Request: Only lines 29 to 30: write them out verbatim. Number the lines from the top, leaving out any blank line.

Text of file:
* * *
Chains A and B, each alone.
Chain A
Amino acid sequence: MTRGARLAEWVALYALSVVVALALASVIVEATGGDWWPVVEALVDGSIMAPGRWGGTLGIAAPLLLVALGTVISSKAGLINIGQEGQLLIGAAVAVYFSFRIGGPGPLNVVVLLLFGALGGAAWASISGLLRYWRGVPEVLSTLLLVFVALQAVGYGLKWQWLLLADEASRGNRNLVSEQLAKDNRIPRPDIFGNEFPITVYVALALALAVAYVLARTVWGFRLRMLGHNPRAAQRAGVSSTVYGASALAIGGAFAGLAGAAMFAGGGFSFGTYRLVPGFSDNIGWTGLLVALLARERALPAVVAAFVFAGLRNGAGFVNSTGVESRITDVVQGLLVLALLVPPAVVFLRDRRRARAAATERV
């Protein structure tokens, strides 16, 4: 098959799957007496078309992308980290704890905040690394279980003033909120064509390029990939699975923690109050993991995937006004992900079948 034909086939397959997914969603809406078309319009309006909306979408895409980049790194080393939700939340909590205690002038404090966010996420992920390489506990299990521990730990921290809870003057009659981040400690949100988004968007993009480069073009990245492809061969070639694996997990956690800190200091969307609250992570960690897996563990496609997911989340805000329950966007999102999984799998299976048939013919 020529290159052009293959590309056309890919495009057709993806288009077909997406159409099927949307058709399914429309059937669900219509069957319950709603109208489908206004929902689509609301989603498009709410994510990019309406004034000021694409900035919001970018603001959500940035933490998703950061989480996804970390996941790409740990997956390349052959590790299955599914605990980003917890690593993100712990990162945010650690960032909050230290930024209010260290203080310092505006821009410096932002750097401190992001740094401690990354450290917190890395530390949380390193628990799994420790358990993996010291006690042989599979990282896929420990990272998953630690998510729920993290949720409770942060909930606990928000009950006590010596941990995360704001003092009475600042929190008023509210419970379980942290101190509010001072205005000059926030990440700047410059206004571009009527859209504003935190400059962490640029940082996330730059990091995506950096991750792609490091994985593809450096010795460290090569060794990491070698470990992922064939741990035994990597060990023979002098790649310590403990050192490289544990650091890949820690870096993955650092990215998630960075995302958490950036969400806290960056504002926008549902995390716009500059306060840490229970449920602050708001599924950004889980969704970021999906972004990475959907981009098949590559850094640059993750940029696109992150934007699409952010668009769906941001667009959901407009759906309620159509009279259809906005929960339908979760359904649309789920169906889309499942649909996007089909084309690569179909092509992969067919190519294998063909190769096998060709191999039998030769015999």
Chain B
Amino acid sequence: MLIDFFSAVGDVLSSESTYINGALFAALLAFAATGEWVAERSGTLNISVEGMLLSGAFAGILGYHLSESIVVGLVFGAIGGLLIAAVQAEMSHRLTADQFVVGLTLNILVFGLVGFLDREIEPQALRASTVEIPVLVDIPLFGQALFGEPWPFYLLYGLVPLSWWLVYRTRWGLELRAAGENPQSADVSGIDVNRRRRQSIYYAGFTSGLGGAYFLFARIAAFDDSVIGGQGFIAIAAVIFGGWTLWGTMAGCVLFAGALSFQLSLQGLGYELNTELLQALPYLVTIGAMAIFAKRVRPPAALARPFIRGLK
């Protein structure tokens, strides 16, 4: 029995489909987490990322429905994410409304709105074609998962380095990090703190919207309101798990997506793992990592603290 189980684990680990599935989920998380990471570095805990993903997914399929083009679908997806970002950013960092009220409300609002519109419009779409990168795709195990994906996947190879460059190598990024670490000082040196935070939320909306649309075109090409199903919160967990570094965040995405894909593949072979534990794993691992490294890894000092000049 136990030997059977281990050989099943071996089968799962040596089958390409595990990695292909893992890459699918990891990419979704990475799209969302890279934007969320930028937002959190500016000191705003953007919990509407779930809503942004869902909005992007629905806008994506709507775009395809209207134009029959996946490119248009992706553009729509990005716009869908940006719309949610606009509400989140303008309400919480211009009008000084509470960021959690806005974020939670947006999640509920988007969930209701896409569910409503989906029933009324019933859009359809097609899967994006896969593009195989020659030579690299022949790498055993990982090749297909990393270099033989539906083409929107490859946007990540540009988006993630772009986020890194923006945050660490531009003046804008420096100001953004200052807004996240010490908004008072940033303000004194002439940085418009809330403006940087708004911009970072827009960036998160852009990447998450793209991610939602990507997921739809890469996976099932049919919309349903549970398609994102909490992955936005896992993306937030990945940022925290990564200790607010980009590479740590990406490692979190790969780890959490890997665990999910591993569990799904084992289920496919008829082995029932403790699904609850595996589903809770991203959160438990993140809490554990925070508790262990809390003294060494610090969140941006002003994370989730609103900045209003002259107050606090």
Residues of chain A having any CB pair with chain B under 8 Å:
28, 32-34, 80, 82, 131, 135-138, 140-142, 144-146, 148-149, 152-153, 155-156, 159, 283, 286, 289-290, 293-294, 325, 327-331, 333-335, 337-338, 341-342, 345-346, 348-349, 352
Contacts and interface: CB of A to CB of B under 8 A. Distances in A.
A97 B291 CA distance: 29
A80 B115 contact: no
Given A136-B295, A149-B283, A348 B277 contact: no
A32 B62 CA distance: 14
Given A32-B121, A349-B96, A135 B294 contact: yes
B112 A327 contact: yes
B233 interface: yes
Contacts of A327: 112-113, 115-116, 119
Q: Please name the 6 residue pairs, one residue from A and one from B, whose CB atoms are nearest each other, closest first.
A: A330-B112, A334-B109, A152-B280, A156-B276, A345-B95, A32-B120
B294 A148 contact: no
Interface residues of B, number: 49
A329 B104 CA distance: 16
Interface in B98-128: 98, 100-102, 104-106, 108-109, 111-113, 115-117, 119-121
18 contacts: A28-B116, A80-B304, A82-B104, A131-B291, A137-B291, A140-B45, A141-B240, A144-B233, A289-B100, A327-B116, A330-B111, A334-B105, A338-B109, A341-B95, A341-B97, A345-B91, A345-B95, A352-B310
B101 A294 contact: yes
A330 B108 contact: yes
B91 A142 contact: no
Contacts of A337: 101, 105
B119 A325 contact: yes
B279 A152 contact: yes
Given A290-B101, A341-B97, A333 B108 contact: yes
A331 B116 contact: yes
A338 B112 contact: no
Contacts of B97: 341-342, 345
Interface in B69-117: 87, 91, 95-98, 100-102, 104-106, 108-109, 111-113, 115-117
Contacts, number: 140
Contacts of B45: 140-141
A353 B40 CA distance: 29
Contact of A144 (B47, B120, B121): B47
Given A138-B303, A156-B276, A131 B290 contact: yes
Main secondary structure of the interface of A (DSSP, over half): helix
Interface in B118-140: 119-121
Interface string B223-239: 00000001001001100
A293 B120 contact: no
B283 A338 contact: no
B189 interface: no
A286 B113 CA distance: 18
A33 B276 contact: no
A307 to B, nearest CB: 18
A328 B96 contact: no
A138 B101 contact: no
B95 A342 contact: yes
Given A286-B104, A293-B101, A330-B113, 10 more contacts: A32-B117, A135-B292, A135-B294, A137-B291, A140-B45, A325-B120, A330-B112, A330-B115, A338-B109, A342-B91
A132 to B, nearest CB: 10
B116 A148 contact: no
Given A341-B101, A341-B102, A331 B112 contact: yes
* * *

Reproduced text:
Contacts of A337: 101, 105
B119 A325 contact: yes